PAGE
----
OBSOLETE! Kindle HTML Template
Amazon has changed their publishing method
So... the tips included in the referenced template
no longer work to create a visible TOC


Kindle PublishingTemplate
Tech Details
These Tips Copyright 2011 by Beverly Howard
and released to the public domain

The Kindle html template file has intentionally been kept in the simplest html format possible and as a single file for submission to the Amazon DTP Publishing site site.

The tips here and in the template file assume the book's content submission will be contained in a single html file to be submitted for publishing.

You can look at the html "source" of the template file to see some Kindle specific needs that will not appear when browsing the template itself.  The code examples in green below are not functional until they are placed in the html source code.

For example;

Pagebreaks,

...which should be placed only between chapter and similar breaks, are initialized by including the following statement at the beginning of the html source code;

  <style>
    P { page-break-after: always }
  </style>

Pagebreaks are then executed by placing the html tags;

<p></p>

...in the source code between chapters or other locations where page (screen) breaks are needed. 

The "horizontal lines" in the template show places where page breaks have been set in the underlying code.  The lines can be deleted after they have been used to assure that the content has been added on the correct side of the page breaks.

For example, in the template there is a pagebreak between the book cover image above and the page containing the book's title text, copyright and author's name.

A page break also follows the author's name and the table of contents' links.

If you open the template file in a "Text Editor" (such as notepad) or any "HTML Source Editor" you will be able to see these and other hidden tags.

"Comments" have been added to the html source code to make it easier to spot these additions such as;

<!--the following creates a page break-->

Depending on the html editor you use, you may have the option to toggle the ability to see the tags and where they are embedded into the document.

Table of Contents

The "Table of Contents" html solution requires two different components.

First, create a your table of contents links similar to the sample TOC entries shown in the template file.  These links point to "named anchors" located before each chapter or section break.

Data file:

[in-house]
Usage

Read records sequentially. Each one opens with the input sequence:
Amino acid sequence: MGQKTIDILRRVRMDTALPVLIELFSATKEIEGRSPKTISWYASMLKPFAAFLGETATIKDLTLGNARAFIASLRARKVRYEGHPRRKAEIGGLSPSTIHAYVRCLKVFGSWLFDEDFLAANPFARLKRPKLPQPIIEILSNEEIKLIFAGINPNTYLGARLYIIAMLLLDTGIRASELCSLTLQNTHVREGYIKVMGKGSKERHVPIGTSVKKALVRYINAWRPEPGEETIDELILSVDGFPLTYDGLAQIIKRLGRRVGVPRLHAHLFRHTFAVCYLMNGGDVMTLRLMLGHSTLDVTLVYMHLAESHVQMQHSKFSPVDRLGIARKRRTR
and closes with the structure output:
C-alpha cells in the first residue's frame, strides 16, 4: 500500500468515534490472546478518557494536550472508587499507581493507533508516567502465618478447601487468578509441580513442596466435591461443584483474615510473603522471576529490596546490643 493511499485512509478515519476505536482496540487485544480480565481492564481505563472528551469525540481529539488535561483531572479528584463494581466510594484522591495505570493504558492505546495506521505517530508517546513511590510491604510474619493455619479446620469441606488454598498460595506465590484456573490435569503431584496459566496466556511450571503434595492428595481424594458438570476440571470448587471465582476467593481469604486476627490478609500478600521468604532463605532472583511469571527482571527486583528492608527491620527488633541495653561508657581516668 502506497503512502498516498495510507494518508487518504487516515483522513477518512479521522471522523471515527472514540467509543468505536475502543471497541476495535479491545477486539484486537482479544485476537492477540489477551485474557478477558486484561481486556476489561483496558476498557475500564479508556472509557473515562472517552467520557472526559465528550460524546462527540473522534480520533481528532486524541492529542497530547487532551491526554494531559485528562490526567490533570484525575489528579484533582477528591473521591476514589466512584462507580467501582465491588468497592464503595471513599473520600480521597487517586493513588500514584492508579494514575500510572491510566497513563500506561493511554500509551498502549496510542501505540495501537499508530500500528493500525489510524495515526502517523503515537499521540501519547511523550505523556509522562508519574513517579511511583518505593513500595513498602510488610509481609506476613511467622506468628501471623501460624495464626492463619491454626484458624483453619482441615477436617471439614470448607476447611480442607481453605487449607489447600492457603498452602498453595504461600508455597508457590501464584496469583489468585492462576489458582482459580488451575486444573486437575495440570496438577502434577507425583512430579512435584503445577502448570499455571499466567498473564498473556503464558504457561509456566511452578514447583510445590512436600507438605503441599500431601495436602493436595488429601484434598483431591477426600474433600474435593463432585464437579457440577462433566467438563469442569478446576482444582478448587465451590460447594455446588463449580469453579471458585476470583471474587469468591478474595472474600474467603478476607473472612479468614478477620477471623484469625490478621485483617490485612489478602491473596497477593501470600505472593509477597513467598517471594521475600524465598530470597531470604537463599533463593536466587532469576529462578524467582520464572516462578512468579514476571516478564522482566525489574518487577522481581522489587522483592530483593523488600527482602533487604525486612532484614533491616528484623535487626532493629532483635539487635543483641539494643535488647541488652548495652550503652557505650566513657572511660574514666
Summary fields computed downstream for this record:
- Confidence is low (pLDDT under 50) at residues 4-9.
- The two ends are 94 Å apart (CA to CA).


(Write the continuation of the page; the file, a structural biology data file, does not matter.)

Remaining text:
When the reader clicks on one of these links, they will be taken to the named anchor location within the book.

The links in the template file are simply samples and must be customized for your book's needs.


The second component that needs to exist for a Table of Contents to work correctly, is not native HTML syntax, but, rather, relates to the various Kindle readers' "Table of Contents" option. 

Each Kindle Reader device or app
contains a "menu-goto" option or a "bookmarks" icon that includes a "Table of Contents" entry.

The html source you submit for publishing needs to tell the publishing process exactly where your html table of contents is located within the book.  If you do not do this, the "Table of Contents" selection under the reader's bookmark navigation will be inactive and "greyed out."

The clue for doing this came from page 11 of the KindlePubGuidelines.pdf which contains additional information concerning the acceptable stucture of an html table of contents submitted for publishing.

The code example contained in the above guide assumes that the code will be in an external html file, however, it is possible to include a reference in the book file itself.  The following is the modified code that references a named anchor showing the location of the toc and the anchor name is "toc" (lowercase in this example and in the template file and it is "case sensitive");

<guide>
<reference type="toc" title="Table of Contents" href="#toc">
</reference>
</guide>

Sample chapter and section breaks are included in the template into order to show the functionalty of the TOC in this sample template.  You can copy the "Chapter 2" sample header using the small text pointers to capture exactly what needs to be copied in order to paste as many chapter or section breaks as you need in your own file.

Hope that this information is of value.
Beverly Howard